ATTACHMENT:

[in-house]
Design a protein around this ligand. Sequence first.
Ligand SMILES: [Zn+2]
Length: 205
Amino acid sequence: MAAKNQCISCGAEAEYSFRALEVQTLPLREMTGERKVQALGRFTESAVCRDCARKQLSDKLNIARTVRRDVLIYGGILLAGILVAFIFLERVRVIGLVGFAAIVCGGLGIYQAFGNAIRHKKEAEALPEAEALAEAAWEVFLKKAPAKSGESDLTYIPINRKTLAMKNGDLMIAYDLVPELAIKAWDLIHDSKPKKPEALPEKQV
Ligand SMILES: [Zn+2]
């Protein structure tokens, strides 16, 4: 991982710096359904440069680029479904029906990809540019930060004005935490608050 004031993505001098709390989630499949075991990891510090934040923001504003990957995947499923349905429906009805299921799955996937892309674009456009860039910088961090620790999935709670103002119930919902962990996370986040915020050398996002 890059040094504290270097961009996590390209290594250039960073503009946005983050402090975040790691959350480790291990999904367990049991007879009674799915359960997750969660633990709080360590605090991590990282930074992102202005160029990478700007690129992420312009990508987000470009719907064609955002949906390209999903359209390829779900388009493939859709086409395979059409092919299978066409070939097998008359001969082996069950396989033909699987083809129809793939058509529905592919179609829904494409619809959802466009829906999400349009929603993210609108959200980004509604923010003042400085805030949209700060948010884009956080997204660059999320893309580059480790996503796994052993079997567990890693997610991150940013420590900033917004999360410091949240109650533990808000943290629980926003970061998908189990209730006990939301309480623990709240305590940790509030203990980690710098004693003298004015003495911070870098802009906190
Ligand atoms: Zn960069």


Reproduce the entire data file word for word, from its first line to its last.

[in-house]
Design a protein around this ligand. Sequence first.
Ligand SMILES: [Zn+2]
Length: 205
Amino acid sequence: MAAKNQCISCGAEAEYSFRALEVQTLPLREMTGERKVQALGRFTESAVCRDCARKQLSDKLNIARTVRRDVLIYGGILLAGILVAFIFLERVRVIGLVGFAAIVCGGLGIYQAFGNAIRHKKEAEALPEAEALAEAAWEVFLKKAPAKSGESDLTYIPINRKTLAMKNGDLMIAYDLVPELAIKAWDLIHDSKPKKPEALPEKQV
Ligand SMILES: [Zn+2]
């Protein structure tokens, strides 16, 4: 991982710096359904440069680029479904029906990809540019930060004005935490608050 004031993505001098709390989630499949075991990891510090934040923001504003990957995947499923349905429906009805299921799955996937892309674009456009860039910088961090620790999935709670103002119930919902962990996370986040915020050398996002 890059040094504290270097961009996590390209290594250039960073503009946005983050402090975040790691959350480790291990999904367990049991007879009674799915359960997750969660633990709080360590605090991590990282930074992102202005160029990478700007690129992420312009990508987000470009719907064609955002949906390209999903359209390829779900388009493939859709086409395979059409092919299978066409070939097998008359001969082996069950396989033909699987083809129809793939058509529905592919179609829904494409619809959802466009829906999400349009929603993210609108959200980004509604923010003042400085805030949209700060948010884009956080997204660059999320893309580059480790996503796994052993079997567990890693997610991150940013420590900033917004999360410091949240109650533990808000943290629980926003970061998908189990209730006990939301309480623990709240305590940790509030203990980690710098004693003298004015003495911070870098802009906190
Ligand atoms: Zn960069």